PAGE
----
Chances are that even if you have heard of Bob Tuohy, you would know the name for reasons other than his professional golf career. The Adelaide resident has been a fixture on the tournament scene in Australia for more than three decades as a promoter, a notable survivor in a vocation signified by its high attrition rate.
Tuohy’s present obscures a past that includes national representation as an amateur and numerous professional wins, both internationally and at home. Highly regarded as a competitor, his was a career that teetered on the edge of outright golfing fame at a time when only a select few could exist through tournament earnings alone.
A burgeoning awareness of Tuohy’s talent became enhanced by a scroll down the list of winners of the West Australian Open. B.Tuohy, 1960, stands out not merely because you least expect it, but because the surrounding names lend a validation to his achievement and the status of the championship that no subtext could better.
Legendary PGA member, Dan Cullen, won back to back pre war titles before heading off to fly bombers over Germany in World War II. The great Kel Nagle scored a trifecta of victories from ’50-’52. Gary Player, a future nine time major champion, raised the trophy in ’56. In subsequent years names like Peter Jacobsen, Graham Marsh and Terry Gale used the tournament as a springboard for successful professional careers.
The roll call of winners in latter years also confirms the prestige that the event continued to hold through the decades. Ian Baker Finch was the champion in 1984, the same year he led The Open Championship into the final round. A marauding Greg Norman made the journey west and triumphed during the watershed summer of 1986, followed impressively by Brad Hughes in 1988 as the future two time Australian Masters champion kicked off his professional career with a bang.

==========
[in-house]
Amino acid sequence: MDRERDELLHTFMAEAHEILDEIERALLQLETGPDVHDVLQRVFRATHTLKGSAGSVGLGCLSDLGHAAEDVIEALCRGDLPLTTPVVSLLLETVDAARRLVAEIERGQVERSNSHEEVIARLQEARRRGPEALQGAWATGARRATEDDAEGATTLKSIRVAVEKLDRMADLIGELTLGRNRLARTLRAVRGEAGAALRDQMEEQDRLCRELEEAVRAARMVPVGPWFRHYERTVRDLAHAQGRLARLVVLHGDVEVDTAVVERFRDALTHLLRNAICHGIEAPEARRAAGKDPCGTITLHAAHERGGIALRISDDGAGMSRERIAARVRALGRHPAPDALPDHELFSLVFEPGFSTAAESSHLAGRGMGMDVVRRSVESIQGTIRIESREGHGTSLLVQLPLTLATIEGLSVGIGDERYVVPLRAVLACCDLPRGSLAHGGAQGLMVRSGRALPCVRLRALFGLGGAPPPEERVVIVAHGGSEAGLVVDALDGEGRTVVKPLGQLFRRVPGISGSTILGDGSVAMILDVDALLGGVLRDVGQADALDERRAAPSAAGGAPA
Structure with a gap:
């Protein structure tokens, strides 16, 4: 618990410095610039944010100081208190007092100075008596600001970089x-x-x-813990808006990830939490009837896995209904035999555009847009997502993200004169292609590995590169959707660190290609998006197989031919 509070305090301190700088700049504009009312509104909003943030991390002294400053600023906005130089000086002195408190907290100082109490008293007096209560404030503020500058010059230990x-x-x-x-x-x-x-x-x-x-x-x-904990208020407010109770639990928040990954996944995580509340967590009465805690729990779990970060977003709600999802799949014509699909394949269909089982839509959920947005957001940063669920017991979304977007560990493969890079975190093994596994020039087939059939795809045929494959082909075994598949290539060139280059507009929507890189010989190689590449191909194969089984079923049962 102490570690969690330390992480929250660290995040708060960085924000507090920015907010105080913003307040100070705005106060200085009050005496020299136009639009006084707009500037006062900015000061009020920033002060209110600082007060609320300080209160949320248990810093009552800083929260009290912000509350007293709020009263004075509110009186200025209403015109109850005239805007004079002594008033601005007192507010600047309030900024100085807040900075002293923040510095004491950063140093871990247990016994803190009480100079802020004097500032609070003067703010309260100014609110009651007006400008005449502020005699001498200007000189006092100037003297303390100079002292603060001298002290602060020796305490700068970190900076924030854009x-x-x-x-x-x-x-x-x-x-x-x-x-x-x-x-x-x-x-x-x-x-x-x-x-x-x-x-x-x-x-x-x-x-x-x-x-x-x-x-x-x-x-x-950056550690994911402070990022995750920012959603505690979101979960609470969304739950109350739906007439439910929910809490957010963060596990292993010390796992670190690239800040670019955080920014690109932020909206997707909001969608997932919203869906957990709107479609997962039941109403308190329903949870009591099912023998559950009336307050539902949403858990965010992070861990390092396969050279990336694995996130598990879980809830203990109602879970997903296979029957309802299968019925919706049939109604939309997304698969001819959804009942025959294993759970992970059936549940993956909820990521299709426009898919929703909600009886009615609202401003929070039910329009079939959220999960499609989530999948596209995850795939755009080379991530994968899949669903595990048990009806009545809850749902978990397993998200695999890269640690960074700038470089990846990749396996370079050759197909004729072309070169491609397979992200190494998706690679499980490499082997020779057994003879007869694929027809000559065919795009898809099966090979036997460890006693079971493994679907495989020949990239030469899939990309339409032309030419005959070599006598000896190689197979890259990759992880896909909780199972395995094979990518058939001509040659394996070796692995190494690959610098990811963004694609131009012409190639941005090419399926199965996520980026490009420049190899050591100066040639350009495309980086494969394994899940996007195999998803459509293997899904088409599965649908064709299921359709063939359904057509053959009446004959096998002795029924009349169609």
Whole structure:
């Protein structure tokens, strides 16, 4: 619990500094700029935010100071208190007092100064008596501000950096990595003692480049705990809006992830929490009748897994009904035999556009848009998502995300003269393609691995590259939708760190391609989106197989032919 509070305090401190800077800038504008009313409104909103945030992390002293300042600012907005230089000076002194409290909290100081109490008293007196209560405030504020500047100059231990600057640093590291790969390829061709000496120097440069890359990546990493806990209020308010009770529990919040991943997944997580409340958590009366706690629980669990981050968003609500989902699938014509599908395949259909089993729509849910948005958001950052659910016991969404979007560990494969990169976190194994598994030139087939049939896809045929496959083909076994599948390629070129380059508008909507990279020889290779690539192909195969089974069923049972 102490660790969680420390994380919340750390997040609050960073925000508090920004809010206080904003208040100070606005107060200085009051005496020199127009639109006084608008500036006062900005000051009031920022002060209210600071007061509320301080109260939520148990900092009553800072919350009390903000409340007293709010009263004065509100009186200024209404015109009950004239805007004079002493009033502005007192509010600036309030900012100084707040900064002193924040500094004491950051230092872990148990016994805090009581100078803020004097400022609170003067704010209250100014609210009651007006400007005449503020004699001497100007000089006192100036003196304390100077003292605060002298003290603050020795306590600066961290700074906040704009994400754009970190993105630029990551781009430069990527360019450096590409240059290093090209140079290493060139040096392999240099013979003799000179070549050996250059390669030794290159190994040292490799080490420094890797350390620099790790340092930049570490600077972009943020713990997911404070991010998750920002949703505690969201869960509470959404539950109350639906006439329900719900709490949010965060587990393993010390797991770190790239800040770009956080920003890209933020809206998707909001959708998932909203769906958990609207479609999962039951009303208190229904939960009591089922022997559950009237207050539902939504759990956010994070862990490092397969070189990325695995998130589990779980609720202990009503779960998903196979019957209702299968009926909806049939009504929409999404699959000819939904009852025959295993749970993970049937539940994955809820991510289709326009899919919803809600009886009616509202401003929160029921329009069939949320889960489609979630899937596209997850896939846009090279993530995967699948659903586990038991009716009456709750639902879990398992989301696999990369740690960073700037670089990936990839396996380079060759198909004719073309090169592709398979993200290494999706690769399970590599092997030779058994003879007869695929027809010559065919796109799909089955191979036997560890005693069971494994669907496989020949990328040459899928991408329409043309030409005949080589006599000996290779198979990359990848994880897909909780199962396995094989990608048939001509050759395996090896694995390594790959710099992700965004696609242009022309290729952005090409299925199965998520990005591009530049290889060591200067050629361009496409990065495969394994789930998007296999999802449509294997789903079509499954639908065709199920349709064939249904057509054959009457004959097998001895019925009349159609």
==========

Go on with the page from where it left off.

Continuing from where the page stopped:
Then there are the names that hold a resonance for differing reasons, like Brad King, winner in both 1996 and 1999. King’s name has been missing from the sport for some years, but many will recall a prodigious talent whose powerful driving was at once both flying cape and kryptonite to the native West Australian. That he failed to forge a substantial career will remain one of the great mysteries of the game for those who competed against him.
Home state heroes, Kim Felton and Stephen Leaney, share eight titles between them. Brett Rumford and James Nitties also appear on the honour roll, ensuring that the list of quality champions continues in the modern era. The West Australian Open may suffer from the tyranny of distance for some, but its history of victors and siren like ability to attract and foster stars of the future ensures that its legacy as one of this country’s most enduring and prestigious championships remains intact.
A former Tour player, Grant Dodd is a renowned golf commentator for Network TEN in Australia, and ESPN Star for OneAsia. A columnist for Australian Golf Digest, he is also a wine lover and father of two.
Originally published in the Tour Insider – Sign up now for weekly insights and behind the scenes content from the PGA Tour of Australasia events.